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Health and Family Services Cabinet
Watch Out for Staph

Press Release Date:  Thursday, October 18, 2007  
Contact Information:  Gwenda Bond or Beth Fisher, (502) 564-6786  

Some Strains of the Common Bacteria Can Lead to Dangerous Skin Infections

Kentuckians should be aware of dangerous skin infections and take simple precautions to prevent infection from bacteria like Staphylococcal aureus, or staph, particularly strains that are difficult to treat with antibiotics.

According to the Kentucky Department for Public Health, staph is commonly carried on the skin or nose of healthy people, but can lead to a skin infection in certain instances. Increasingly, staph infections are caused by strains of the bacteria that are resistant to antibiotics traditionally used to treat these types of infections.

“If someone suspects he or she has a staph infection, it’s important to get proper medical treatment, and make sure you take steps to prevent the spread of the infection,” said William Hacker, M.D., acting undersecretary for health and public health commissioner.

Often, Hacker said, patients and their physicians may assume that the lesion is a spider or bug bite. The involved site can be red, swollen, painful and draining. More serious infections, such as surgical wound infections, bloodstream infections and pneumonia, can also occur.

Here are some additional facts about staph and how to avoid infection:

· Staph infections are spread by close contact with infected people. Staph can also come off infected skin onto shared objects and surfaces and then transfer onto the skin of another person who uses the object or surface.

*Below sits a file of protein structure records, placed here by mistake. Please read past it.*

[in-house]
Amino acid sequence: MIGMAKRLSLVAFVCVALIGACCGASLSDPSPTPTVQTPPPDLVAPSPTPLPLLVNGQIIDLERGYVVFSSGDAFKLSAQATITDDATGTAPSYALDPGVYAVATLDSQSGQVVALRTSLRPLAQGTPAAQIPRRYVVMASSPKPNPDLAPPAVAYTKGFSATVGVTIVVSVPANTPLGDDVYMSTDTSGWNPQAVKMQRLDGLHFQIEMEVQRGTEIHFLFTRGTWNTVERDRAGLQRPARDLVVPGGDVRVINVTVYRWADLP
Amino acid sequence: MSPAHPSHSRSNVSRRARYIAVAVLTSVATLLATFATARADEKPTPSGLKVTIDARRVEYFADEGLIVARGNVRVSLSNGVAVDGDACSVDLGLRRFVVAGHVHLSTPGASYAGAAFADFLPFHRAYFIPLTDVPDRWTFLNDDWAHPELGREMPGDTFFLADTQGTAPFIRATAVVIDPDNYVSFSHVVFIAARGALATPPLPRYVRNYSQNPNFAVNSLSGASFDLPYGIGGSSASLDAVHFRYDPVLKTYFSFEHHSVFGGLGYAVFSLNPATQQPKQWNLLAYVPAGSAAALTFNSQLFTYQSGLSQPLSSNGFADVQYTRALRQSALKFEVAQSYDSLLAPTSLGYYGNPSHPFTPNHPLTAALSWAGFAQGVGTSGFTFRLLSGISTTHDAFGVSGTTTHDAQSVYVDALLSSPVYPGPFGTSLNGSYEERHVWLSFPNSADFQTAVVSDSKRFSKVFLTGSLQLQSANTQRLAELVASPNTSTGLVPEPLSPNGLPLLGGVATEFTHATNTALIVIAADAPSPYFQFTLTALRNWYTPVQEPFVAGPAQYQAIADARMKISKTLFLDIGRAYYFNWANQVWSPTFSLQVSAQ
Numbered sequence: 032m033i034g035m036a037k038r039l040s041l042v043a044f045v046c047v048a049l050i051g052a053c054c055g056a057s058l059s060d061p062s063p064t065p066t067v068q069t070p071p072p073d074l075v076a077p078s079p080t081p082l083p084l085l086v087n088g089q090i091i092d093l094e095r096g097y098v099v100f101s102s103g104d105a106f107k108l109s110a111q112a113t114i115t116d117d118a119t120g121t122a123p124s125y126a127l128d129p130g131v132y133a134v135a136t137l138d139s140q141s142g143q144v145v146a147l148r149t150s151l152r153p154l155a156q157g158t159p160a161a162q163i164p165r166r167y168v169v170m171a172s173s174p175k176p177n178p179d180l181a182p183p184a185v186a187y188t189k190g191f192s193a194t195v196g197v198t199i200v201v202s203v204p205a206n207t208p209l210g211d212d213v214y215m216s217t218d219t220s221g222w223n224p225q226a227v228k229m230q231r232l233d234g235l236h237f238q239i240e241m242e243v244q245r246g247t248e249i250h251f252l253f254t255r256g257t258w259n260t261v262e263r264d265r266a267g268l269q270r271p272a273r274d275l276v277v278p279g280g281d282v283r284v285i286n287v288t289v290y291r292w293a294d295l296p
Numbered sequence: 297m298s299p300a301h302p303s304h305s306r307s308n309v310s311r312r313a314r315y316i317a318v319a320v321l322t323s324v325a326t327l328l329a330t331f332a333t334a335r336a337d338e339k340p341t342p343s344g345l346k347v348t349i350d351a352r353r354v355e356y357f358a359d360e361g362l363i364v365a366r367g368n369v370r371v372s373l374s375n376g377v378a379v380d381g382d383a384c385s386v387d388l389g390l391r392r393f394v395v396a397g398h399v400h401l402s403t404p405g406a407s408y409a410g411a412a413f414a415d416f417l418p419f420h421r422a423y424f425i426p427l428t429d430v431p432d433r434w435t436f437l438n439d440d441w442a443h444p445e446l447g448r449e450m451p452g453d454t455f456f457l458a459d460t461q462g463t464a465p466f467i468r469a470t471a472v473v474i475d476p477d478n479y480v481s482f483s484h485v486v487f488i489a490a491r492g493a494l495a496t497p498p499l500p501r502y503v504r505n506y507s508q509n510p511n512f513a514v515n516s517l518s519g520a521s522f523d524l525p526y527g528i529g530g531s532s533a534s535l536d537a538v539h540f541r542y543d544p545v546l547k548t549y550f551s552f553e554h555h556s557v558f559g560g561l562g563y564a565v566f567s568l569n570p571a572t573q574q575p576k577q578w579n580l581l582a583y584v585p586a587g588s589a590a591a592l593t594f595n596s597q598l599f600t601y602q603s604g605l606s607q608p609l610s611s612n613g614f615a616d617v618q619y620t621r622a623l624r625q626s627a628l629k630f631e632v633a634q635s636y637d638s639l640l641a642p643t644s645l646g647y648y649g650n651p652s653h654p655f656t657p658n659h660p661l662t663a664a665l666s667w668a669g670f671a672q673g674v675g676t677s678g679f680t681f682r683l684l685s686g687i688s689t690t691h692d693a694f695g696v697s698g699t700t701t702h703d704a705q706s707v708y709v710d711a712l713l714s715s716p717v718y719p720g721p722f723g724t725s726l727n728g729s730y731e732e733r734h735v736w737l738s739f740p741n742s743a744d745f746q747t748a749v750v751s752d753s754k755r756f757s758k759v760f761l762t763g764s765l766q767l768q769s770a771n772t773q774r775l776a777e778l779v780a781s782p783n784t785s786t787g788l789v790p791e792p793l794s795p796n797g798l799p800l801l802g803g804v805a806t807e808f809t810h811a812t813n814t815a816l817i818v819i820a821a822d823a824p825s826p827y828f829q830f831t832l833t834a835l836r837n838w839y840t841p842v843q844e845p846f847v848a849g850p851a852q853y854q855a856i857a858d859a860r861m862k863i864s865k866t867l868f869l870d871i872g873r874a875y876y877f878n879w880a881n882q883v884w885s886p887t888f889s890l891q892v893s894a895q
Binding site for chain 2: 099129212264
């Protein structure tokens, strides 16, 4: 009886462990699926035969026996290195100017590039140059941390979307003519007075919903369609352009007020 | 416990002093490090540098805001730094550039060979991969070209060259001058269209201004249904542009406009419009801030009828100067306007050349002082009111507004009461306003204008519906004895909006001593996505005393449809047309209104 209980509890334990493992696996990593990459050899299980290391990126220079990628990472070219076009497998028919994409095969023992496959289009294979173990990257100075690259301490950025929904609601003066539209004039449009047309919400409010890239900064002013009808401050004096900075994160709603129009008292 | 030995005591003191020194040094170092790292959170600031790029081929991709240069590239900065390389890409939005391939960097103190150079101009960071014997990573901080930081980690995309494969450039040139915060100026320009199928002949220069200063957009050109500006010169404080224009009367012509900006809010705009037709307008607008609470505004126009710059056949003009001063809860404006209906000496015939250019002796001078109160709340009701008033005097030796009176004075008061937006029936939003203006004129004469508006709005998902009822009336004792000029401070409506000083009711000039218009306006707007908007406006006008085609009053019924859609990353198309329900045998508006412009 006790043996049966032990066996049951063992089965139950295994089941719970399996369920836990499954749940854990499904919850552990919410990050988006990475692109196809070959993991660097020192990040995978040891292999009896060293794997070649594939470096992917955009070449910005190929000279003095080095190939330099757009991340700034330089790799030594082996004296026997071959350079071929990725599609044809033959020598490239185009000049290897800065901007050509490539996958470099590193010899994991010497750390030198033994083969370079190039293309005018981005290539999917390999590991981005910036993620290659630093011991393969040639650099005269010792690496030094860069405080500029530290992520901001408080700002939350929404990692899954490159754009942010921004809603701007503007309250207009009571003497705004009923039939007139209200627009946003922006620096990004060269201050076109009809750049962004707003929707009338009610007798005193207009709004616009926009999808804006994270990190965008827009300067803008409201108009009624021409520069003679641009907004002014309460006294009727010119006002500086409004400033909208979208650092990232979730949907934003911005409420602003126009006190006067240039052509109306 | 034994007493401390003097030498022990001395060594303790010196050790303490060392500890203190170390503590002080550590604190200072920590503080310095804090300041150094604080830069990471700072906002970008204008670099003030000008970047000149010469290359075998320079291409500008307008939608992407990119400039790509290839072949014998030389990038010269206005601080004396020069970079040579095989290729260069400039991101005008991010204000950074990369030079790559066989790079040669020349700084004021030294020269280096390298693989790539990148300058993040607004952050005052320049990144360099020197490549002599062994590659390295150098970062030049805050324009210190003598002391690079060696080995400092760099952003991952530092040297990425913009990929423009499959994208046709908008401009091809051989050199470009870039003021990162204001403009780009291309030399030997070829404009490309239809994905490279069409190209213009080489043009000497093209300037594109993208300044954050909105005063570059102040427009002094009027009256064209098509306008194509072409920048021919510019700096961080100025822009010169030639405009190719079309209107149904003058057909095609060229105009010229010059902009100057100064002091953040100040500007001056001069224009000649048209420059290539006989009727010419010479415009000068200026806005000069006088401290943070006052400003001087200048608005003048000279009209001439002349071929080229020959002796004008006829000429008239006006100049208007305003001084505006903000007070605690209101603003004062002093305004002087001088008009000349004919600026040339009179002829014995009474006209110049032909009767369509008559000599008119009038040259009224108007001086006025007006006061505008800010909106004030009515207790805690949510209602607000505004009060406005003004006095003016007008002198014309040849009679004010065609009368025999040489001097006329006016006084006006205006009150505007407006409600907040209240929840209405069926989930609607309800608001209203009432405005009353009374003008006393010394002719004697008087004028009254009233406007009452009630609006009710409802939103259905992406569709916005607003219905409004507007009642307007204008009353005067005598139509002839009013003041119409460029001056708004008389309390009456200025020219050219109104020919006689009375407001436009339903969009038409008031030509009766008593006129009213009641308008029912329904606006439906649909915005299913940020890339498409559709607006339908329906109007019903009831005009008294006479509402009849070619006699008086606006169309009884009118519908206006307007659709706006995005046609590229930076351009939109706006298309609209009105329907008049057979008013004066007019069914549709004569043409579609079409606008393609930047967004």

· When Staphylococci become resistant, specific antibiotics, like Methicillin, may not cure those infections. This strain of staph is called Methicillin-Resistant S. Aureus (MRSA).

· Other antibiotics can be used to treat MRSA, but treatment may be longer and/or more expensive.

Common skin conditions caused by MRSA include infected cuts, boils, fluid-filled blisters (impetigo), or skin sores that look like infected insect bites. Relatively minor MRSA infections can sometimes develop into more serious complications, such as spread of the infection to surrounding tissues, serious abscesses, blood, bone or heart infections. Early treatment can prevent the infection from getting worse. To keep from spreading MRSA, follow these tips:

· Keep infections covered with clean, dry bandages. This is especially important for infections that continue to produce pus or to drain material.

· Follow your health care provider's instructions on proper care of the wound. Pus from infected wounds can contain bacteria and spread the infection to others.

· Wash your hands after touching infected skin and bandages. Put disposable wastes (e.g., dressings, bandages) in a separate trash bag and close the bag tightly before throwing it out with the regular garbage.

· Advise your family and other close contacts to wash their hands frequently. Caregivers should use gloves and wash hands afterwards if they change your bandages or touch the infected wound or other objects that have been in contact with the wound or wound drainage.

· Do not share personal items (e.g., towels, washcloth, razor, clothing or uniforms) or other items that may have had contact with the infected wound or wound drainage.

· Disinfect all non-clothing (and non-disposable) items that come in contact with the wound with a solution of one tablespoon household bleach mixed in one quart of water (must be prepared fresh each day) or a phenol-containing store-bought cleaning product.

· Wash linens and clothes that become soiled with hot water and laundry detergent. Drying clothes in a hot dryer, rather than air-drying, also helps kill bacteria in clothes.

· Wash utensils and dishes in the usual manner with soap and hot water or use a standard home dishwasher.

· Avoid participating in contact sports or other skin-to-skin contact until your infection has healed.

· If you have a MRSA infection, be sure to tell any health care providers who treat you that you have it.

For more information, visit DPH’s Web site or call your local health department. Additional information can be obtained from the Centers for Disease Control and Prevention Web site about “Community Associated MRSA,”




Last Updated 10/18/2007